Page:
IPG Undergraduates Showcase their Discoveries
Eighteen undergraduate students working in IPG labs showcased their discoveries and creative accomplishments during a poster presentation at the 19th Annual Summer Undergraduate Research and Creative Achievements Forum on Thursday, July 31, 2008, in the McQuinn Atrium inside the Christopher S. Bond Life Sciences Center.
The students, who are 2008 summer interns of the Life Sciences Undergraduate Research Opportunity Program, were also on hand to discuss their work with the general public. Students' research addressed subjects ranging from root patterning in corn plants to the influence of phosphorus nutrition on plant growth to gall formation in trees.
Approximately 200 people attended the poster presentations. Among those in attendance were Jim Spain, Vice Provost of Undergraduate Studies, and Former State Representative Vicki Riback Wilson, currently Service Learning and Fellowships Coordinator for the MU Fellowships Office.
"The quality of the posters and variety of research was extremely impressive," said Riback Wilson. "What impressed me most, however, was the poise and knowledge of the students. They were able not only to discuss the actual research, but also to explain the significance of their research in lay terms. I learned a lot!"
The quality of the students' posters and presentations also stood out to IPG member Bruce McClure who had come to browse the posters and meet the students. "Many of the posters were on par with work I have seen from graduate students, postdocs, and faculty," said McClure, who is a Professor in the Division of Biochemistry and an investigator in the Bond Life Sciences Center. "Both the undergraduate researchers and their mentors should be very proud of what they have accomplished. I would be thrilled if many of the students apply to graduate school at MU."
Generating this level of excitement and interaction between students and faculty is one of the goals of the annual forum, according to Linda Blockus, Director of the Life Sciences Undergraduate Research Opportunity Program and Office of Undergraduate Research. "It's always great for the students to share their finished projects with their peers and the science community. It's a lot of fun to see the students engaged in animated and intense conversations with faculty and other scientists," she said.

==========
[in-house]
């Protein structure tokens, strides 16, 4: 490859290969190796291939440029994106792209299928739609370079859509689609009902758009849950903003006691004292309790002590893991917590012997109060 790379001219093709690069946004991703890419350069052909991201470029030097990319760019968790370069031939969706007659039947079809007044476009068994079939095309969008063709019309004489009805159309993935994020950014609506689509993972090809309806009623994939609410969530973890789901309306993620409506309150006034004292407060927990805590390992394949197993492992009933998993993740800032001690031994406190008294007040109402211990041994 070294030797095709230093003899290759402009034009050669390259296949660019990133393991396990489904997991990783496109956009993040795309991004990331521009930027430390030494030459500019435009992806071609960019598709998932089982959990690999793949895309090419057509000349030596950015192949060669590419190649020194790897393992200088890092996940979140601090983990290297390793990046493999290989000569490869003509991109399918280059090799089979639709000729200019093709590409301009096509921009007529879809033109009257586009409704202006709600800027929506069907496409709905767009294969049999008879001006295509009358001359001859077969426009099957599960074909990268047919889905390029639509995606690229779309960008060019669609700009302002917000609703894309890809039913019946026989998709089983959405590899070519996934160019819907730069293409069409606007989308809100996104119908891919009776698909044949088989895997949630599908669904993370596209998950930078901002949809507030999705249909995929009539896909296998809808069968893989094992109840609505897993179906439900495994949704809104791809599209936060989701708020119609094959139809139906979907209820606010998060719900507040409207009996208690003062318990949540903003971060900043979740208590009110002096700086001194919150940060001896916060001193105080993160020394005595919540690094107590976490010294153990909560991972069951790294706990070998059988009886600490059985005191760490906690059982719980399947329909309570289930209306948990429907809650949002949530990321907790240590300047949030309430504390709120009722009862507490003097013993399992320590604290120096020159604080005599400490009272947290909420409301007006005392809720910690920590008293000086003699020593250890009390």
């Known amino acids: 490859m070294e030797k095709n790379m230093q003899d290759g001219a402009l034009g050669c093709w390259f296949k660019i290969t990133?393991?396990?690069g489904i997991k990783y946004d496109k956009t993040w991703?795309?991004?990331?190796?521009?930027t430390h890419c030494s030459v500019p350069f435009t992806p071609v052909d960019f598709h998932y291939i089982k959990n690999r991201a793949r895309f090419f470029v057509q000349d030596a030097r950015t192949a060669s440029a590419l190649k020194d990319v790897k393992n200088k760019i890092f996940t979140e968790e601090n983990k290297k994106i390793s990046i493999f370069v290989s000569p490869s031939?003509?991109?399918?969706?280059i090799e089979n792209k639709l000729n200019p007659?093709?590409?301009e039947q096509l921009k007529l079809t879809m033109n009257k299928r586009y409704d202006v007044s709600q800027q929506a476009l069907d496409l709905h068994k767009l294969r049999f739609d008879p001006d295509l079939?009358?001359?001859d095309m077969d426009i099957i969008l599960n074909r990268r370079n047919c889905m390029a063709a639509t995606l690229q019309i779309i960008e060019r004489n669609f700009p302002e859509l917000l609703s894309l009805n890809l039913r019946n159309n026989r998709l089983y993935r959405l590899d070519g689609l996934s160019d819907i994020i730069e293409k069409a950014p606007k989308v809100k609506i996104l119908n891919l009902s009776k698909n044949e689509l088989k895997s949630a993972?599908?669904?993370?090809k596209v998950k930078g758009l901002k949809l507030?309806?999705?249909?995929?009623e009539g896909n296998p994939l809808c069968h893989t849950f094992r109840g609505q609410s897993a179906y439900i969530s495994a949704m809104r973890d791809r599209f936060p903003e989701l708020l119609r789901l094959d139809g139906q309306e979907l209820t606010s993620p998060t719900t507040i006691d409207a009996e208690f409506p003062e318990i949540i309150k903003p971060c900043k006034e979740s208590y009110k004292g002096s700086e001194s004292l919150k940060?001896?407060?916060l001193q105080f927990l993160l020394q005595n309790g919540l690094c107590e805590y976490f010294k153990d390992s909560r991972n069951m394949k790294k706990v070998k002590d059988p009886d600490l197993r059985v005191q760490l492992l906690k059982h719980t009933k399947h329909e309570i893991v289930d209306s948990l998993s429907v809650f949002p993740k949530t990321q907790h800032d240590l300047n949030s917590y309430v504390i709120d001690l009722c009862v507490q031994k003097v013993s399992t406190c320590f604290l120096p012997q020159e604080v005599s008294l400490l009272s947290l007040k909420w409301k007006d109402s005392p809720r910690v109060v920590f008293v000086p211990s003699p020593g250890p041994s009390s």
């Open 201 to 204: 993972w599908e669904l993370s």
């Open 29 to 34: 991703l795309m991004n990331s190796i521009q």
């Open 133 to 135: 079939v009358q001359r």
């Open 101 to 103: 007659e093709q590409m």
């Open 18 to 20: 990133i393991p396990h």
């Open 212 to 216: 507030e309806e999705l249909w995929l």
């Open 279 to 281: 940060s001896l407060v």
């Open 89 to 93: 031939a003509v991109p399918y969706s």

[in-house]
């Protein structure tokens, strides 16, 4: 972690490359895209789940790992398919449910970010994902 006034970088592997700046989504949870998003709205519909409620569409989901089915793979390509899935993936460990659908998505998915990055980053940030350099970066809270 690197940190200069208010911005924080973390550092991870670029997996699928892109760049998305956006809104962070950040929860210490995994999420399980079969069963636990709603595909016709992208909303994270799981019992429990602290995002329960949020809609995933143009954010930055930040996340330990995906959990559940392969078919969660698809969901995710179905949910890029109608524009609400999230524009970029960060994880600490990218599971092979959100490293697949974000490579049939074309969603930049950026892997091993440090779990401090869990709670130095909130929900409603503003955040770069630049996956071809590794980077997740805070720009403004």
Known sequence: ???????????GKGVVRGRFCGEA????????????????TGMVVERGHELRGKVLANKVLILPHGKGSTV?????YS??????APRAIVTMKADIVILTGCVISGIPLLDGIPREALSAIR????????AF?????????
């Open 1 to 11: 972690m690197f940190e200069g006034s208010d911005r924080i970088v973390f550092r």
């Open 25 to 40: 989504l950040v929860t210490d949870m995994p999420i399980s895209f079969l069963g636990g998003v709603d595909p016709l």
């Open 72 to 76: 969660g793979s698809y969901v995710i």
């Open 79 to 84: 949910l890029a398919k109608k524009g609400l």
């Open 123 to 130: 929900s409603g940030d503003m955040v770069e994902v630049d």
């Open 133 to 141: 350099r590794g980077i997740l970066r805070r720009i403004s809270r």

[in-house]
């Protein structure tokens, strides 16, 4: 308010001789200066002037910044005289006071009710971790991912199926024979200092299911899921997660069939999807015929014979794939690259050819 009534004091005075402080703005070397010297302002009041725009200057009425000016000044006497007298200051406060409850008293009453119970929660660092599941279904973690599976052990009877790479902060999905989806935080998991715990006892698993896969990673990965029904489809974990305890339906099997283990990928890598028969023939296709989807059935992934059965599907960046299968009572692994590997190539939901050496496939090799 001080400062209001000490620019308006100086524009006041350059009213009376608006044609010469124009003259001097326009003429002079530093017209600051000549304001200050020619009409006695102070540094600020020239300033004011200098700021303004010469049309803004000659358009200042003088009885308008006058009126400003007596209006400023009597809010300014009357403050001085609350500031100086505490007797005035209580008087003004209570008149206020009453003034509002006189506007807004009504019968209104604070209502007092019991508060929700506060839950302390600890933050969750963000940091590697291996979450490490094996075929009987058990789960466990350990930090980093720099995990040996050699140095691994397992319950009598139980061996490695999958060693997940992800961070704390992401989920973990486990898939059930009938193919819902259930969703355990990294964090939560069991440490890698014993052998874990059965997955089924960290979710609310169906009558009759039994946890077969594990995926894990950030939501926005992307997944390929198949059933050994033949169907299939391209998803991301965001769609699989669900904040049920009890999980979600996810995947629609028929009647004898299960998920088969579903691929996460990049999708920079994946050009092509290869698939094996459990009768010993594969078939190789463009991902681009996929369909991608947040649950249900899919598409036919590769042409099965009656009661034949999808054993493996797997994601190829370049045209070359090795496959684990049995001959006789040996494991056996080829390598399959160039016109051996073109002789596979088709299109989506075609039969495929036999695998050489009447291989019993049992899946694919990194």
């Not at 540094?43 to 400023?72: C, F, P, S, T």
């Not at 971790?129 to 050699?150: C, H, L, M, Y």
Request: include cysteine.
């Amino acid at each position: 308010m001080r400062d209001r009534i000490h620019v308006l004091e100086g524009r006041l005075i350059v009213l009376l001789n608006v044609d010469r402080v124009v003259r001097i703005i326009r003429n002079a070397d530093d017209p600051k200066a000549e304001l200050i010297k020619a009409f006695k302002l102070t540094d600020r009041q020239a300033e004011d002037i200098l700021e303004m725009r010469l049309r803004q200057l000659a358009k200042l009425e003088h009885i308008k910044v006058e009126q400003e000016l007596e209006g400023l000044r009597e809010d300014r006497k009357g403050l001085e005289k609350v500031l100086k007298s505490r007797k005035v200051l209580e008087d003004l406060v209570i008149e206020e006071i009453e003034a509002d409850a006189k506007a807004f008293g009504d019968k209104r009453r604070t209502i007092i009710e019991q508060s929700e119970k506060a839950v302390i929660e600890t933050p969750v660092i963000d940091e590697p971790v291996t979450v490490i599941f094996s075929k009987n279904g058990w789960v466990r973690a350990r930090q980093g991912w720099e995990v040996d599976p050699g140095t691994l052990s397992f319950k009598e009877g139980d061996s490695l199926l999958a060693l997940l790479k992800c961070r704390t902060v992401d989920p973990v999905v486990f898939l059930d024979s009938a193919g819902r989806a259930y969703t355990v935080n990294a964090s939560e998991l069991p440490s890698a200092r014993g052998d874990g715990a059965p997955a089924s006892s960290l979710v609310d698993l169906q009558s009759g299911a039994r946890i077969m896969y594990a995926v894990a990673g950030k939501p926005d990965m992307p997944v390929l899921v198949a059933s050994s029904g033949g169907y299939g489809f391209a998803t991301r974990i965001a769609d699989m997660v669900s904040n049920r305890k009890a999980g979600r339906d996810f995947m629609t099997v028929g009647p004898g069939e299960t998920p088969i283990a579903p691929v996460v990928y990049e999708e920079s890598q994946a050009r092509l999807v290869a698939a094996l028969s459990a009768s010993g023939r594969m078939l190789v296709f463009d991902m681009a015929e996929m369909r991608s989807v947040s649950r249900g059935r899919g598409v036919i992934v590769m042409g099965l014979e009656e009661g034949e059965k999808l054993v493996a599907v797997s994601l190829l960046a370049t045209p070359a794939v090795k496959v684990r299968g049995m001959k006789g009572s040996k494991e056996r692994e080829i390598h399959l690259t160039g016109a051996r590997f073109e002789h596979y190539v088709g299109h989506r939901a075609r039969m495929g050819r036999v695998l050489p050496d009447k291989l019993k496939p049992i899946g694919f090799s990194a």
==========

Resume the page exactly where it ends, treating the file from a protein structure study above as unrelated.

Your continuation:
In all, thirteen IPG labs participated in the 2008 undergraduate summer research program. Participating labs included those of Walter Gassmann, Georgia Davis, Dale Blevins, Gary Stacey, Jack Schultz/Heidi Appel from the Division of Plant Sciences; Candi Galen, Karen Cone, Mannie Liscum, Kathy Newton, Tim Holtsford, and Jim Birchler from the Division of Biological Sciences; Antje Heese from the Division of Biochemistry; and Ye Duan from the Department of Computer Science.
The Office of Undergraduate Research sponsors summer and academic year undergraduate research internships, travel awards for undergraduates, and workshops and special events that promote careers and research in the life sciences. Summer program interns conduct research on campus with a faculty mentor for nine weeks. One hundred and twelve undergraduate interns participated in this year's program. The program is opened to both MU students and students from other universities and institutions.
Students received funding from MU, National Science Foundation (NSF) undergraduate programs, and NSF faculty grants.
Many IPG faculty, graduate students, and postdoctoral fellows came out to support their undergraduate interns at the poster presentations. Below are some pictures of IPG members with their student interns.